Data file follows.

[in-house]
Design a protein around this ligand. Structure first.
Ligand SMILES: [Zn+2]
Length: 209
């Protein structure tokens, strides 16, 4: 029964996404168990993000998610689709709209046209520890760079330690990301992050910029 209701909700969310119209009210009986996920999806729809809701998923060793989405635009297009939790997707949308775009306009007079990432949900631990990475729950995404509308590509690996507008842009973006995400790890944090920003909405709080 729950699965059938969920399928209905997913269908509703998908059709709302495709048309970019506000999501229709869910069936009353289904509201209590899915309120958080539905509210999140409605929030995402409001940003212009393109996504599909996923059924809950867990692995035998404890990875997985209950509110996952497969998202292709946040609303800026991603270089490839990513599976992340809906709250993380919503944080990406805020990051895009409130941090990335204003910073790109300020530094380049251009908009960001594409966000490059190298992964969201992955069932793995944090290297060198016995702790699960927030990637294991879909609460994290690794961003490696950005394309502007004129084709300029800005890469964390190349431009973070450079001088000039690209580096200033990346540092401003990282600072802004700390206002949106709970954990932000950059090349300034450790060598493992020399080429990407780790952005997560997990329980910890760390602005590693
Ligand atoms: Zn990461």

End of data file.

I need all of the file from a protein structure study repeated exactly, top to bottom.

[in-house]
Design a protein around this ligand. Structure first.
Ligand SMILES: [Zn+2]
Length: 209
């Protein structure tokens, strides 16, 4: 029964996404168990993000998610689709709209046209520890760079330690990301992050910029 209701909700969310119209009210009986996920999806729809809701998923060793989405635009297009939790997707949308775009306009007079990432949900631990990475729950995404509308590509690996507008842009973006995400790890944090920003909405709080 729950699965059938969920399928209905997913269908509703998908059709709302495709048309970019506000999501229709869910069936009353289904509201209590899915309120958080539905509210999140409605929030995402409001940003212009393109996504599909996923059924809950867990692995035998404890990875997985209950509110996952497969998202292709946040609303800026991603270089490839990513599976992340809906709250993380919503944080990406805020990051895009409130941090990335204003910073790109300020530094380049251009908009960001594409966000490059190298992964969201992955069932793995944090290297060198016995702790699960927030990637294991879909609460994290690794961003490696950005394309502007004129084709300029800005890469964390190349431009973070450079001088000039690209580096200033990346540092401003990282600072802004700390206002949106709970954990932000950059090349300034450790060598493992020399080429990407780790952005997560997990329980910890760390602005590693
Ligand atoms: Zn990461």